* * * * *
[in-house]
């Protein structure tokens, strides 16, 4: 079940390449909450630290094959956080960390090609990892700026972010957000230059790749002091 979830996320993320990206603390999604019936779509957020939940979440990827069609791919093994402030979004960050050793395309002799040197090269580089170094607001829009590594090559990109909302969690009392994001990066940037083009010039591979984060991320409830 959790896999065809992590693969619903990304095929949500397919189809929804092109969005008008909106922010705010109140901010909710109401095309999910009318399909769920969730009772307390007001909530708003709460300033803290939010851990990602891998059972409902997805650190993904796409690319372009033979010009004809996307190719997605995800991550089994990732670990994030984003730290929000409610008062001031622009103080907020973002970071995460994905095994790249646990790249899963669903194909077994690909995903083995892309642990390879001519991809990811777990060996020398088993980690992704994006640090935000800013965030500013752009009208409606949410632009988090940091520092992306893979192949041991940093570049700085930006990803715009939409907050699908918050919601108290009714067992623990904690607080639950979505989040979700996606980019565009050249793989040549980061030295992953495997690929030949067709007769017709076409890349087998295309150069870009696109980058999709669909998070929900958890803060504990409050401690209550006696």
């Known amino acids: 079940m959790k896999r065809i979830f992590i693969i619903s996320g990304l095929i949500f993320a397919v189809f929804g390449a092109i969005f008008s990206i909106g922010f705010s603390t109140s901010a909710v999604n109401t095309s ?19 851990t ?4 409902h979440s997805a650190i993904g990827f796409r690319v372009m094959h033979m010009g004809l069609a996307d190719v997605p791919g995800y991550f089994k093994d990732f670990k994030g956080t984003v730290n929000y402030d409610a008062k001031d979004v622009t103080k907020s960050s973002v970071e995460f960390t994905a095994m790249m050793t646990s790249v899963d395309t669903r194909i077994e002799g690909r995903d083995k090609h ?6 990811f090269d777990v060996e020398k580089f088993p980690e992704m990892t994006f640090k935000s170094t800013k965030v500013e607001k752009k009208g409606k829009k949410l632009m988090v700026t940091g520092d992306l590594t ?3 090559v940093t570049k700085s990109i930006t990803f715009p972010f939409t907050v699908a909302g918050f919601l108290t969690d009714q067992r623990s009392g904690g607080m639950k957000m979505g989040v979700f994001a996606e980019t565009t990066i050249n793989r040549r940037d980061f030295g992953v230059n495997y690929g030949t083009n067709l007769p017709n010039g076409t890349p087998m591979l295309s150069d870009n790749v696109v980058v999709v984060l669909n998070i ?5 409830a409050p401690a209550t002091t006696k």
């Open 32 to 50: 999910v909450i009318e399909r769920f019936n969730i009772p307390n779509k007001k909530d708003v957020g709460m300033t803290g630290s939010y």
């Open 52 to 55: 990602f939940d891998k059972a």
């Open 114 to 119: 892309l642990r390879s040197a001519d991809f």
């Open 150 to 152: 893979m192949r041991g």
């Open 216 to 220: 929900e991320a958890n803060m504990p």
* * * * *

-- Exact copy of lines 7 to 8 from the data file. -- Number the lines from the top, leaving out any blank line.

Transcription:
């Open 150 to 152: 893979m192949r041991g």
């Open 216 to 220: 929900e991320a958890n803060m504990p």